Matt and I were thrilled to move into our new home a few weeks ago. I think we both forgot how much work moving can be.
Most of the boxes are now unpacked, the pictures are hung, and we’ve finally been able to start settling into our new space.
Matt’s girls are loving the new house and their new rooms too… especially the fact that we can walk to a nearby park and the horse shows at the Equestrian Center right from our backyard.
That’s exactly what we were doing this past Sunday.
Our rescue lab, Piper, was sad to be left behind as we all walked out the back door to head towards the Equestrian Center and the park.
Sadly, the horse show had already ended for the day. At least, we’d been able to catch some of it on Saturday, when we learned about the “jumpers” and the “hunters” in competitions.
We took a stroll around some trails behind the Equestrian Center and decided to head back to the house for the girls to work on some volleyball skills for the tryouts they have coming up next week.
I was the first one to the backdoor.
It was locked.
“That’s weird,” I thought. One of us must have accidentally locked the door on our way out.
But the doorknob wasn’t locked. It was the deadbolt.
It’s impossible to lock the deadbolt from the outside without a key.
None of us had locked the door.
Someone had locked the door... from inside the house... while we were outside.
Matthew used his garage door opener to open the garage and try to get inside the house through the garage entry.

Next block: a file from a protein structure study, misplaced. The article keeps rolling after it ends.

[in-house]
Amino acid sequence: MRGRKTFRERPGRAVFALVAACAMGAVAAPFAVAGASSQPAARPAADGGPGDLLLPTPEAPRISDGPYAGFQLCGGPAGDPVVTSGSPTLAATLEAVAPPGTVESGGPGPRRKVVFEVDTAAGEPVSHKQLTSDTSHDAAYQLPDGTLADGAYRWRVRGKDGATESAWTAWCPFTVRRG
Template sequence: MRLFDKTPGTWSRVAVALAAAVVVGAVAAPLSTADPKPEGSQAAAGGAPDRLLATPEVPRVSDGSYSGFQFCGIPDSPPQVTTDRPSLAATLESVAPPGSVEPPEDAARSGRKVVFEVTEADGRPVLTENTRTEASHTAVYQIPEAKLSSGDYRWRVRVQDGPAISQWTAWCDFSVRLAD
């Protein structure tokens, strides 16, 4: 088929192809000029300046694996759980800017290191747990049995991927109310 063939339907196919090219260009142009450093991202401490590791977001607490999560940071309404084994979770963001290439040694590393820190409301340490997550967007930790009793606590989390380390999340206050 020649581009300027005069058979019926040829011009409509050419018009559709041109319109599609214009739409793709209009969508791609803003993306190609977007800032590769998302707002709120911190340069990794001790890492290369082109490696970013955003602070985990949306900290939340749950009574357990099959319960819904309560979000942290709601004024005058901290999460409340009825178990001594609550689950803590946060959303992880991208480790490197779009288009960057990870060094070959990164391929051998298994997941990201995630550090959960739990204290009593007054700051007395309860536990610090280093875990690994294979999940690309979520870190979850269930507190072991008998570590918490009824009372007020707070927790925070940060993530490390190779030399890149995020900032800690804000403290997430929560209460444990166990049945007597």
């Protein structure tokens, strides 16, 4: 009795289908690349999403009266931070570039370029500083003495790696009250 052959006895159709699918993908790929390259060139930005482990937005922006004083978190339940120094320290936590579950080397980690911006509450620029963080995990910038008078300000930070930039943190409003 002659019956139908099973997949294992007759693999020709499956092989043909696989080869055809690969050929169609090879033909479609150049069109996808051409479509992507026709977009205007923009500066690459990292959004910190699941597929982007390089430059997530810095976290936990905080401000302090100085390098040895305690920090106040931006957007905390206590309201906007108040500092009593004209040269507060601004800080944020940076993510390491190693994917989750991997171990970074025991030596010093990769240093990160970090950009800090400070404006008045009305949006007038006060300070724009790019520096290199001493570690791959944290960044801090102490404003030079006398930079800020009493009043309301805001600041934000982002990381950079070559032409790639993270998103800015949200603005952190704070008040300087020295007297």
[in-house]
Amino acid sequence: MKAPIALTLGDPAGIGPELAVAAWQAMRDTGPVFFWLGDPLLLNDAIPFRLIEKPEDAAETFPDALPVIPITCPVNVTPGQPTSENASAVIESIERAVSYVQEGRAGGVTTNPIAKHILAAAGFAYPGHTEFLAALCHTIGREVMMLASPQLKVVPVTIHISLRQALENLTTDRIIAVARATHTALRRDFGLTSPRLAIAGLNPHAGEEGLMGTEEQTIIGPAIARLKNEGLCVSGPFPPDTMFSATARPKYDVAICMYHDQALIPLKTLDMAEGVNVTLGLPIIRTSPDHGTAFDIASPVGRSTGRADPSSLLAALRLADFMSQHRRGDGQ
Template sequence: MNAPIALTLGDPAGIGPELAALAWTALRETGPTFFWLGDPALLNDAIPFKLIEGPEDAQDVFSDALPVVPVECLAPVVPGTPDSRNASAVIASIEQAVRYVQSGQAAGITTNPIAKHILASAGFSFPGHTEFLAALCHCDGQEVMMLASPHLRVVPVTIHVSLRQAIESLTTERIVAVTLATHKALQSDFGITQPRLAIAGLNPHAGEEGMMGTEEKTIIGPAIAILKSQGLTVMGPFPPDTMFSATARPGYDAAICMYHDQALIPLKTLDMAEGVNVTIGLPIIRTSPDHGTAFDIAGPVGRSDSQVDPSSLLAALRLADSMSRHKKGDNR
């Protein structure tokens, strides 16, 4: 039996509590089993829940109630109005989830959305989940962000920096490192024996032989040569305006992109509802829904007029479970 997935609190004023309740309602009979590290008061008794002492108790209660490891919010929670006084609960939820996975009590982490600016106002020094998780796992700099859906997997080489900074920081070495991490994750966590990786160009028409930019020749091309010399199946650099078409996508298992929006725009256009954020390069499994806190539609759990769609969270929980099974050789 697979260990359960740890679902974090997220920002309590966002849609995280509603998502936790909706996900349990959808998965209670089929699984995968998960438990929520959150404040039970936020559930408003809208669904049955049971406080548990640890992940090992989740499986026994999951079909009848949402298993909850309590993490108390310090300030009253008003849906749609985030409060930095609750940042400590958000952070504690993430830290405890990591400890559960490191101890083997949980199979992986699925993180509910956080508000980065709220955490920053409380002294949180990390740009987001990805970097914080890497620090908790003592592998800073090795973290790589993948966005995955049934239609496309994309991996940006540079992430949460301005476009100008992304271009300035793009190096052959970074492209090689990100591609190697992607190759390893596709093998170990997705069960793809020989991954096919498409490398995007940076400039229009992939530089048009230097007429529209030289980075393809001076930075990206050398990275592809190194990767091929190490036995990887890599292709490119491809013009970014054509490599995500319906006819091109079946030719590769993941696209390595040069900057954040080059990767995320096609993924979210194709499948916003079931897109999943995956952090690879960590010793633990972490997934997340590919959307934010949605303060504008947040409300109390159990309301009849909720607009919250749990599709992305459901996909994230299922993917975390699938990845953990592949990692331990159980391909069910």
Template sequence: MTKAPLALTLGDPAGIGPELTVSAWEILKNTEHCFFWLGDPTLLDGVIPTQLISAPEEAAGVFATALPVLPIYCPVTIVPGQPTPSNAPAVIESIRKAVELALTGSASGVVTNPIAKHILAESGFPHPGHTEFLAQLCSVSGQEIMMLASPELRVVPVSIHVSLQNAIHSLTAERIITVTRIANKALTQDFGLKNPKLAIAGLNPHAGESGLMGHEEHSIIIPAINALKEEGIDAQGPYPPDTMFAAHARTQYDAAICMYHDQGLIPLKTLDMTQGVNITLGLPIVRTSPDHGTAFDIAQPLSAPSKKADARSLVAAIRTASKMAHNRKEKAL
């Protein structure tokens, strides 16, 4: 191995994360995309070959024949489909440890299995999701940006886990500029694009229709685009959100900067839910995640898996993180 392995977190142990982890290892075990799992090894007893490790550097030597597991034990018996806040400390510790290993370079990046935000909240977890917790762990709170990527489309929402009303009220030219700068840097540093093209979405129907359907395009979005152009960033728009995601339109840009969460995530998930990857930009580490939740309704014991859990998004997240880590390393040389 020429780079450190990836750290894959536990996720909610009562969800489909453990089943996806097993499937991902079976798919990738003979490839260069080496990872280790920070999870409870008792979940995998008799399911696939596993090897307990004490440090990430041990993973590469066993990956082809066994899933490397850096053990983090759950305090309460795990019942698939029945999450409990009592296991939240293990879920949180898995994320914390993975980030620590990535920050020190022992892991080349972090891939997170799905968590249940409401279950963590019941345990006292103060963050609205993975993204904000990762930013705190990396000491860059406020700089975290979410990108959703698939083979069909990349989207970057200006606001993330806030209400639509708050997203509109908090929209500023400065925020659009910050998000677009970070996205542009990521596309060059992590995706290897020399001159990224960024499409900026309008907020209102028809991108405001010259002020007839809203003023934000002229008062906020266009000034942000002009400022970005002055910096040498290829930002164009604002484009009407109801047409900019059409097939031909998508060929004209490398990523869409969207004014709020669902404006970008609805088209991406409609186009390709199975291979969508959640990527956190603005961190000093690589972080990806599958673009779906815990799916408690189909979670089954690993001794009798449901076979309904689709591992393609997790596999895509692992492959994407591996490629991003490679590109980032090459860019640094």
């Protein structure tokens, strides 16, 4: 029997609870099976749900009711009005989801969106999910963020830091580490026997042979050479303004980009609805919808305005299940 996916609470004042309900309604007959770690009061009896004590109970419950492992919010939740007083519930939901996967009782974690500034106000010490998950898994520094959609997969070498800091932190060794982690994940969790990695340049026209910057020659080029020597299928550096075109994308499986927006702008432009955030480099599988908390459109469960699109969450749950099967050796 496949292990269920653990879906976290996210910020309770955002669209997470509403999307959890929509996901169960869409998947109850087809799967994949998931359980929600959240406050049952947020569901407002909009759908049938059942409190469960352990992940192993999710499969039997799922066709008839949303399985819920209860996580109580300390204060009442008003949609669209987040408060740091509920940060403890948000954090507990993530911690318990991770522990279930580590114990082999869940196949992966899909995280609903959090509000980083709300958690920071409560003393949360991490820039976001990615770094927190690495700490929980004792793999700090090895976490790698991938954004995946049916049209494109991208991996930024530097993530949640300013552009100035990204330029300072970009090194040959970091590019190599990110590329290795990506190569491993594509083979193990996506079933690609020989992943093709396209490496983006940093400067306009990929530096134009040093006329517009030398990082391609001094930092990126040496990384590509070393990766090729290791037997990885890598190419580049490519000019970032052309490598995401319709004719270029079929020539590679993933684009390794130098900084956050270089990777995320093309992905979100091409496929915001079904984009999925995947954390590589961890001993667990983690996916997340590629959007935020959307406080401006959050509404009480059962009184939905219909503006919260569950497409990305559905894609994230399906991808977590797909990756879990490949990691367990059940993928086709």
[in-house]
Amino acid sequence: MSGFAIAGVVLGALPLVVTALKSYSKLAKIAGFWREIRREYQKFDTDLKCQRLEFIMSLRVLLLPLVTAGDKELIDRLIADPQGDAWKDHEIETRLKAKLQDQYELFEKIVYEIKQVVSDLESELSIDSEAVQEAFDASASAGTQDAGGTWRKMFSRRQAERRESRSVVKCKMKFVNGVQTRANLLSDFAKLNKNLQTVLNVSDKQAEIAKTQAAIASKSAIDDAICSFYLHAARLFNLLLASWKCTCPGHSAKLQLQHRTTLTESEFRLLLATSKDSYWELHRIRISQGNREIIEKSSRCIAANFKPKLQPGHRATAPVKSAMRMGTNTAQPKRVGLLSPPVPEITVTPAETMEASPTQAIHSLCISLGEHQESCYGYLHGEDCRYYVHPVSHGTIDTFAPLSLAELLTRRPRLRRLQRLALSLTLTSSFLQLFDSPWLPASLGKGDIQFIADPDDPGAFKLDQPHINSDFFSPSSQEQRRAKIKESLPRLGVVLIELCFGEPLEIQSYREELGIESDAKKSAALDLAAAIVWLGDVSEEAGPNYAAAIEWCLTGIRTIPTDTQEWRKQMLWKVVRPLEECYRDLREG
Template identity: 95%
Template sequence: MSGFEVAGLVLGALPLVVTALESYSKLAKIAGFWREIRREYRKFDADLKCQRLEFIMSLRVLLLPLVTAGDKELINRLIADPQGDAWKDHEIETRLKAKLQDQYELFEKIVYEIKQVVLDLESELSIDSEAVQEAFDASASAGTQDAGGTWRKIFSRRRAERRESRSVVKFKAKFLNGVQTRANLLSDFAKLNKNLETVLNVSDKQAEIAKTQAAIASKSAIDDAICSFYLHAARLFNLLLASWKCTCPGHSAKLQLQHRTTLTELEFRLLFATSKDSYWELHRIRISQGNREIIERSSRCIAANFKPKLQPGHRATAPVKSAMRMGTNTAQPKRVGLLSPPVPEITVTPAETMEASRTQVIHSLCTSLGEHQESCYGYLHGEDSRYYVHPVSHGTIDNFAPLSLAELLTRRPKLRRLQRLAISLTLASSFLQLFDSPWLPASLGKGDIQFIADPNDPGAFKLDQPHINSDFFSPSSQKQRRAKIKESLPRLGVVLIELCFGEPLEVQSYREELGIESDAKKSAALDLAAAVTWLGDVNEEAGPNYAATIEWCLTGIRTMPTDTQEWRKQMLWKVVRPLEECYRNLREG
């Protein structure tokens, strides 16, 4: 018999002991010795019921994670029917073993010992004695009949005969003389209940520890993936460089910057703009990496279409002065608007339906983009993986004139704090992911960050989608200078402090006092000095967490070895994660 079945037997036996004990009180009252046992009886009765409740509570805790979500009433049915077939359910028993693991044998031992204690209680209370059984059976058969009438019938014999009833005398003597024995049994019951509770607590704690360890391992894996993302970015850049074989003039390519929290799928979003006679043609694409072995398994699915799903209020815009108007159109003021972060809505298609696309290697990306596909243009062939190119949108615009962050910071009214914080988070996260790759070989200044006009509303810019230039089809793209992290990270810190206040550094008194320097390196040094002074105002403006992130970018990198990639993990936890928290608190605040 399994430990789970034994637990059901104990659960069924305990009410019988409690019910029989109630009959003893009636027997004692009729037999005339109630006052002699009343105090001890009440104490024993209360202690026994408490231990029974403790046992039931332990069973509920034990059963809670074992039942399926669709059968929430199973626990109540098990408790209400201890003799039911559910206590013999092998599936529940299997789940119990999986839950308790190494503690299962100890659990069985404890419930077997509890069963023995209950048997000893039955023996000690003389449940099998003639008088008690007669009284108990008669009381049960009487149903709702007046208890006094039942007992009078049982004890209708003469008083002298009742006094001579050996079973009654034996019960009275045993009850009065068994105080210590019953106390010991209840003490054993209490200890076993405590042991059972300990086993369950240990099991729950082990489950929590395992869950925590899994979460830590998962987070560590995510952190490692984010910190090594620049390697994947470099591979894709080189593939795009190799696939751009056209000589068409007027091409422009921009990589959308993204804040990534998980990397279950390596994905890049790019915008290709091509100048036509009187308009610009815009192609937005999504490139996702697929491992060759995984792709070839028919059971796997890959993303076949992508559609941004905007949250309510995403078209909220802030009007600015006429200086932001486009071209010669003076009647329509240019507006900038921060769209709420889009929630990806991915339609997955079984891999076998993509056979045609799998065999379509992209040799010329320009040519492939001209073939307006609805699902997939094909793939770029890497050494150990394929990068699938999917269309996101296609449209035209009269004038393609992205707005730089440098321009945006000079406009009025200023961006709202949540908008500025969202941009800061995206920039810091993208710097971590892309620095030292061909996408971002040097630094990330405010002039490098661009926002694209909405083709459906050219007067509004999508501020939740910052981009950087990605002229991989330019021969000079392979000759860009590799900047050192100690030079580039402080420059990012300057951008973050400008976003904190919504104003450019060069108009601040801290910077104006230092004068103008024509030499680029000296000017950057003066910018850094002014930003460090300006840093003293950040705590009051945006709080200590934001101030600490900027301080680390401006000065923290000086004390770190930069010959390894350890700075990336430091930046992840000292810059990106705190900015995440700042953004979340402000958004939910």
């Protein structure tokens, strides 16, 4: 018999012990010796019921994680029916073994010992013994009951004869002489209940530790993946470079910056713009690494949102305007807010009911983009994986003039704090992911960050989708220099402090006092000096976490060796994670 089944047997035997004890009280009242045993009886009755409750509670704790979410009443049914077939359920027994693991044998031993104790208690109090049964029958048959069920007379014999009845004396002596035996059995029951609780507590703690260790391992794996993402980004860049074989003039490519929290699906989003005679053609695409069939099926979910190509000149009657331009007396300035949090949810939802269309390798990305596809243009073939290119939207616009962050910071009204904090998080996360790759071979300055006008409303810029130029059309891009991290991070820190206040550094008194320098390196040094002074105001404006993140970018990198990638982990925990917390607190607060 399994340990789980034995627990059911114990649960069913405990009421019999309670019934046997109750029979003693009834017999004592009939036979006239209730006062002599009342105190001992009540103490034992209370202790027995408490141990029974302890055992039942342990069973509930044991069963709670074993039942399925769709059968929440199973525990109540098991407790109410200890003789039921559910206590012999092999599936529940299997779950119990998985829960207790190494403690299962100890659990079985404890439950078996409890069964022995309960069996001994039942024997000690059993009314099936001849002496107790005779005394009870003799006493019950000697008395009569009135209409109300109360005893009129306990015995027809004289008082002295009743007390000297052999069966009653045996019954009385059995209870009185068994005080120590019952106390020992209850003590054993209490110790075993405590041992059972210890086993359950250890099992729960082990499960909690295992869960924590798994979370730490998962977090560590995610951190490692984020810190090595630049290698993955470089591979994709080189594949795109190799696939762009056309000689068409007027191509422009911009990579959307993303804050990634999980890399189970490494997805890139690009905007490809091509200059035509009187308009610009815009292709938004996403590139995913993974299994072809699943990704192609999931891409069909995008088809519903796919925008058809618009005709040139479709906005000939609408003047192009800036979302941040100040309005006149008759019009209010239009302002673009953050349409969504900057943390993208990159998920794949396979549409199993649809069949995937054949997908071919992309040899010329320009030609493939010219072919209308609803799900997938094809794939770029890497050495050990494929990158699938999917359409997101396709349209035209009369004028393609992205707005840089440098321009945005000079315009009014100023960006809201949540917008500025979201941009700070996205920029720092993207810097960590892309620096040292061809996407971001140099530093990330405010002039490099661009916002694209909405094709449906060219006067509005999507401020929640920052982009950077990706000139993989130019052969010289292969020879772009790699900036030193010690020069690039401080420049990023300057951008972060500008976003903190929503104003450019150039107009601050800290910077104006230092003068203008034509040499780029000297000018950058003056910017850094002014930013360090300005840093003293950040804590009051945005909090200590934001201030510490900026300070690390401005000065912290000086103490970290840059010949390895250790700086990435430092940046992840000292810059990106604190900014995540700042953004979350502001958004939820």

Next, he tried the front door. The front door… was unlocked.
Just as Matthew unlocked the back door for us, panic washed over his face.
“Stay out here! I’m going to check the house.”
Ok. Now I was frightened!
Before I could ask if he had heard anything, he was cautiously darting between each room in the house to check for intruders.
Perplexed, he returned to the back door to report the house was clear.
A cursory review of the house revealed nothing missing or out of place…
and only one suspect:
I emulated a dog jumping up and pawing at the back door (are you laughing yet?).
Sure enough. Hitting the top lock just right and ever so slightly knocked the deadbolt into the locked position we found it in.
It turns out we did not have a burglar after all- just a pup who really wanted to join us for our walk!
Phew! What a relief!
It’s not often you can say your dog locked you out of the house. Hopefully that will be a first and a last for us.
When I work with parents of children who have developmental disabilities we talk about being essentially “locked out” from helping with their child’s medical, educational, financial, and legal needs when their child turns 18 if they do not take proactive measures to preserve those rights.
When a child reaches the age of 18, the law recognizes that person as a legal adult, regardless of whether the child will require assistance with the simple tasks of daily living indefinitely.
Florida courts can appoint a Guardian Advocate to continue making educational, medical, financial, and legal decisions on behalf of the child even after the child turns 18. A Guardian Advocacy proceeding gives each family the tools they need to oversee their child’s care indefinitely.
To learn more about Guardian Advocacy, CLICK to download our free GUARDIAN ADVOCACY REPORT: How to Support Your Special Needs Child Without Losing the Right to Make Medical, Educational, Financial, or Legal Decisions.
If you have questions about Guardian Advocacy, send me an email me at firstname.lastname@example.org or call our office at (850) 741-2999 to schedule your consultation today.
Lauren "Helping Parents Not Get Locked Out" Merritt